5. Surround the tree with a can and investment (plaster).
  6. Heat the can and investment so the wax evaporates. Then you are left with a negative space.
  7. Heat the appropriate amount of metal and fill the negatives space in the tree.
  8. Dissolve the plaster in water and cut the metal pieces off the tree.
  9. Finish and polish.

Thursday, October 6, 2011

New LOWER silver cow jewelry prices

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What goes up, must come down....eventually. Precious metals prices are finally showing signs of a continuing downward price. As I have promised to customers in the past, when metal prices come down, so will jewelry prices. Woo hoo! Enjoy lower prices on all the sterling silver cow jewelry charms, charm bracelets, and snake chain necklaces effective immediately! (And as always, excellent customer service is at no additional charge.) I can't guarantee how long this will last and suggest buying now for Christmas.

Wednesday, October 5, 2011

And the cow art gift certificate winner is....

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Congratulations to Colleen Newvine (@NewvineGrowing) for being the lucky winner of the drawing for the $50 gift certificate for participating in our customer satisfaction survey. She can spend it any way she likes, which we hope will come in handy with the holidays on the way.

In case you're curious as to how her name was picked (and want to see the video debut of the official studio cat), you're invited to watch the selection video:

Tuesday, October 4, 2011

Am I superwoman? Hardly.

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I get the comment from amazed and bewildered people from time to time regarding my many hats (veterinarian, jewelry artist, art gallery owner, mom, agnerd, volunteer -- and not necessarily in that order depending on the day).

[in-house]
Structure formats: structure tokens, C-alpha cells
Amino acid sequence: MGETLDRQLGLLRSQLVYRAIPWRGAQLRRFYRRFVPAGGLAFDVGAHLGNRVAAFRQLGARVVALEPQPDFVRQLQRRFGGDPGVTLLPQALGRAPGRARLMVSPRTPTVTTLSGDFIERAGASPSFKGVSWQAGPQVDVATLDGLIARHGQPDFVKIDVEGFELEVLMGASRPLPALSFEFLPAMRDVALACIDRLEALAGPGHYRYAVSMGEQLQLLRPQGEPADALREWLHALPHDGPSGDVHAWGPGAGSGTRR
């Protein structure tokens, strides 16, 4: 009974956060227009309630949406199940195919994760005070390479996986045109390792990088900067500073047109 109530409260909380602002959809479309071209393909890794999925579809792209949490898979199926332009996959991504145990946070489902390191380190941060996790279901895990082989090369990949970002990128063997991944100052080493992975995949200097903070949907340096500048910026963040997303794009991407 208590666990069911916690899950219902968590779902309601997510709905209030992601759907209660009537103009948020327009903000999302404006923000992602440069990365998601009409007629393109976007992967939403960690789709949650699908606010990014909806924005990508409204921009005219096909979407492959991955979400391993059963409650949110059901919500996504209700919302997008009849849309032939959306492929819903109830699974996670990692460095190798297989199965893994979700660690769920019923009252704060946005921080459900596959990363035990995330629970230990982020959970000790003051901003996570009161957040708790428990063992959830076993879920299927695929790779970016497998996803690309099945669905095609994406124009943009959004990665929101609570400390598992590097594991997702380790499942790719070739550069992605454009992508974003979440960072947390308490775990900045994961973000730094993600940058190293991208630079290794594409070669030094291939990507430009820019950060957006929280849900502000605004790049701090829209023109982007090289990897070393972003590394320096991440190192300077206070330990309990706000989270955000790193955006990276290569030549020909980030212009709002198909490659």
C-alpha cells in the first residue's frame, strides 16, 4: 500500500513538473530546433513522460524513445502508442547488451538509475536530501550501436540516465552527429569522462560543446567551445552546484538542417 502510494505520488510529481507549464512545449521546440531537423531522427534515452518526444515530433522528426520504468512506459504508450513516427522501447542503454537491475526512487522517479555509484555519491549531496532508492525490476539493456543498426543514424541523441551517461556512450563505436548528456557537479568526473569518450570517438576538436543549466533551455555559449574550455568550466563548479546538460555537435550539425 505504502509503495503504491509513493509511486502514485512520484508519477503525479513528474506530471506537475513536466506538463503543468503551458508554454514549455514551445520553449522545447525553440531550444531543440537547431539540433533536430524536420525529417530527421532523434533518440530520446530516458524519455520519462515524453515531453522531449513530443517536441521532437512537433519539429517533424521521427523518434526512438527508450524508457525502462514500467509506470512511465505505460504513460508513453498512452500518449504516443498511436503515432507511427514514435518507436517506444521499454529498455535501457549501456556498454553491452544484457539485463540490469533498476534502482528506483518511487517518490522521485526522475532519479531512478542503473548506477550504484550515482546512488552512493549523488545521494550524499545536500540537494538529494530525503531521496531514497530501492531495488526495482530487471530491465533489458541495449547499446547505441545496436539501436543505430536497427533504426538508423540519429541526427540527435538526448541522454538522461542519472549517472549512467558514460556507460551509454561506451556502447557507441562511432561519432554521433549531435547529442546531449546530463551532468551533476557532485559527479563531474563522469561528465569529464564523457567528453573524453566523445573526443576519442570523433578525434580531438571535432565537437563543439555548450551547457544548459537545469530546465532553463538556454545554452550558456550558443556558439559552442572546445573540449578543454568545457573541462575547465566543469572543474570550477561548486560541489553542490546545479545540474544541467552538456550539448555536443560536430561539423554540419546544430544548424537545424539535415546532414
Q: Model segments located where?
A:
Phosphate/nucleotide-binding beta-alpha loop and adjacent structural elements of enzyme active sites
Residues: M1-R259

"How do you get it all done?"

I don't know that I do anything much different from anyone else, but here's my take on how I get things done (outside of my magic wand):

  1. I don't sleep much. Caffeine and I are close friends, and I don't spend much time with my head on a pillow. While this let's me get a lot done, I am working hard on trying to change this. I have a sneaking suspicion that it's affecting my health in not a good way, so this one has got to get remedied sooner rather than later.
  2. I don't do anymore housework than absolutely necessary. Not kidding. I do my best to make sure my kids go to school in clean clothes and don't get sick from a food borne illness, but the rest gets done......whenever. My little peeps (or Hurricane three boys as I affectionately refer to them sometimes) can destroy a house in minutes. Seriously. So why spend hours (yes, hours) cleaning up only to have chaos again in a matter of minutes? I have just learned to live with the chaos and not have people over to visit without 3 weeks notice and a cleaning crew scheduled.